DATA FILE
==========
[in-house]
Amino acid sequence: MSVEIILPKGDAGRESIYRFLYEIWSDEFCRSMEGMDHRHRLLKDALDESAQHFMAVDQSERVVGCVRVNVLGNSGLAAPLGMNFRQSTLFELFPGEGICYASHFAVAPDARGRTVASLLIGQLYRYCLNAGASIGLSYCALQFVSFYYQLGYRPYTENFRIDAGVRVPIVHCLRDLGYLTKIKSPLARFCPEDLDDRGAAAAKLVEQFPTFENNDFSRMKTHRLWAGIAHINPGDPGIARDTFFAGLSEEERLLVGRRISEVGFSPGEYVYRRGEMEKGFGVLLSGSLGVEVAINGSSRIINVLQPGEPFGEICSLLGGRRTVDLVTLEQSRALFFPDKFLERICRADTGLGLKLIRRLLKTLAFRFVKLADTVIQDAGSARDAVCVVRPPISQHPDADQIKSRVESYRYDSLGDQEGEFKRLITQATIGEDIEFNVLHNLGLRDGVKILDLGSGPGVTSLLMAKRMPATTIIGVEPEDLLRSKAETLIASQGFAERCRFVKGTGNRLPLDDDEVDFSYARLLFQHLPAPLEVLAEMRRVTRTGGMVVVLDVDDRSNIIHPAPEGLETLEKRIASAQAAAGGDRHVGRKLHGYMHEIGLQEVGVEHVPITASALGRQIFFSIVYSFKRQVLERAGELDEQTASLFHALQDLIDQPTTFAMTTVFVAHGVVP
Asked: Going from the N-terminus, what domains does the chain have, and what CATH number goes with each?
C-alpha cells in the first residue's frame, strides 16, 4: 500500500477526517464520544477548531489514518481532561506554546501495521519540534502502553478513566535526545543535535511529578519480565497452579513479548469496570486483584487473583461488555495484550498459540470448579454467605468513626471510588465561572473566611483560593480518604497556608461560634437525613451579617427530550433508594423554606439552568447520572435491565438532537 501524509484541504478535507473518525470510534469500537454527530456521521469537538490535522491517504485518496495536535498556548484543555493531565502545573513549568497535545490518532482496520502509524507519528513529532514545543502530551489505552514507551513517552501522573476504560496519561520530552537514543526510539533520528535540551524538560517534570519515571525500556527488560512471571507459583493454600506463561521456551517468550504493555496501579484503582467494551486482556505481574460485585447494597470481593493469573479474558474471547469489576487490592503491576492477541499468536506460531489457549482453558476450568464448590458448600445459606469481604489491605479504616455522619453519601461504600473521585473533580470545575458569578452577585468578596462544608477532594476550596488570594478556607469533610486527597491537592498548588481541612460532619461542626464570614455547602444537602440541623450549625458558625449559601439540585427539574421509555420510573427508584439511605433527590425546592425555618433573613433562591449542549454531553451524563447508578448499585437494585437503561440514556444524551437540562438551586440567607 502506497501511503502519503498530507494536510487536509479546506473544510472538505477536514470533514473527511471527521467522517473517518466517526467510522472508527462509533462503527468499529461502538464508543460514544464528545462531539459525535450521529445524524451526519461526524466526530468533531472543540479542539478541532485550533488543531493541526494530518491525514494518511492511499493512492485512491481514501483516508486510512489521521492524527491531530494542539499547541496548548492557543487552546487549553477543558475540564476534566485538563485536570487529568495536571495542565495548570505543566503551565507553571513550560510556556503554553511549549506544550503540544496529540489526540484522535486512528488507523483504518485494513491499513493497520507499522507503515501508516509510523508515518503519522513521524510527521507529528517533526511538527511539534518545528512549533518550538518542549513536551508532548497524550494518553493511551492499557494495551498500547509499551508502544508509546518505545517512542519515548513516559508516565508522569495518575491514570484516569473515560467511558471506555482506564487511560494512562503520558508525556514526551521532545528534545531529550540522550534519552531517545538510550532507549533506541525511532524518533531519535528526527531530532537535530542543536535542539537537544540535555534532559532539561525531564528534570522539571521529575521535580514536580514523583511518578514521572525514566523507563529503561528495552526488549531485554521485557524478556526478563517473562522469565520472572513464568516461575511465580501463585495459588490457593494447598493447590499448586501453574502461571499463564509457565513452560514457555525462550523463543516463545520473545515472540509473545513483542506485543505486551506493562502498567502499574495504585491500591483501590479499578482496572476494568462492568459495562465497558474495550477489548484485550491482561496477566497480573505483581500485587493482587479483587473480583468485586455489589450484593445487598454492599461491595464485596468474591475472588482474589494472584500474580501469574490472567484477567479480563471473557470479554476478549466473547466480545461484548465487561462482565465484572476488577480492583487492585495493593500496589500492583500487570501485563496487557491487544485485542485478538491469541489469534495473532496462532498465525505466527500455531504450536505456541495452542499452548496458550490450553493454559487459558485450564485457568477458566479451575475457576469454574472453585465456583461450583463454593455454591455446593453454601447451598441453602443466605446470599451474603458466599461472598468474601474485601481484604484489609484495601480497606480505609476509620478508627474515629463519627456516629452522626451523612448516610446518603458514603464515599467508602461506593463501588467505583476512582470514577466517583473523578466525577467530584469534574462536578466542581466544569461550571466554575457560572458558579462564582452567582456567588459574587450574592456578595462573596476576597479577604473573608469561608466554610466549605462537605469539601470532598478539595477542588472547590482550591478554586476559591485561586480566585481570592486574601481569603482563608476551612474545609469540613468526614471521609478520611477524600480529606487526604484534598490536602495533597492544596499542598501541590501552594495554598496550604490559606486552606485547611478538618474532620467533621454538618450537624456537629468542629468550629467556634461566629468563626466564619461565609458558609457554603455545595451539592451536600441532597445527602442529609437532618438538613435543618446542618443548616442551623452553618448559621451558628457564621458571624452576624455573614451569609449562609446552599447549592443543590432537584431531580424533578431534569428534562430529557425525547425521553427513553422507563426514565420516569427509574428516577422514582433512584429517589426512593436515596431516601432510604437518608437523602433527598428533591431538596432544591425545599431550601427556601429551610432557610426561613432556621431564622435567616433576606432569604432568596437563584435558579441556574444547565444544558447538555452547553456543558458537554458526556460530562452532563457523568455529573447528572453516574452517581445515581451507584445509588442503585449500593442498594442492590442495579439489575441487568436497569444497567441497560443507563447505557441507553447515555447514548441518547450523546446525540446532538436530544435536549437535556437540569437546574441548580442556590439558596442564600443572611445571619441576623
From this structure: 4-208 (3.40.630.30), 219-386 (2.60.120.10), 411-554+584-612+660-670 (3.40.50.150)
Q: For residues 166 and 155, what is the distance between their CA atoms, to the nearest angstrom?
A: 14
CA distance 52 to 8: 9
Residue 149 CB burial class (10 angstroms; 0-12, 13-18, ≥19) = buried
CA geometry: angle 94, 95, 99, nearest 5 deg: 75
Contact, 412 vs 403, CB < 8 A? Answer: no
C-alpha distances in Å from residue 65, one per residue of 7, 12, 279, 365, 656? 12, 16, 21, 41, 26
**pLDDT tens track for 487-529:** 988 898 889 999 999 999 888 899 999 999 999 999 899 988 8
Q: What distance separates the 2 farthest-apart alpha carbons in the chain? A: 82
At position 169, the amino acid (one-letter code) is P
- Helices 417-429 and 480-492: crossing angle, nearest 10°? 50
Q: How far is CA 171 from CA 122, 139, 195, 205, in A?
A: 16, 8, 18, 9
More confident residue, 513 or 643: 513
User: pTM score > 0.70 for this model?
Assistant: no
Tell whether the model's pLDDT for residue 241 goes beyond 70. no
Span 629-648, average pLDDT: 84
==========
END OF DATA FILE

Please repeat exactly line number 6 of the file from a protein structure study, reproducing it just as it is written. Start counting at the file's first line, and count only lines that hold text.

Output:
Q: For residues 166 and 155, what is the distance between their CA atoms, to the nearest angstrom?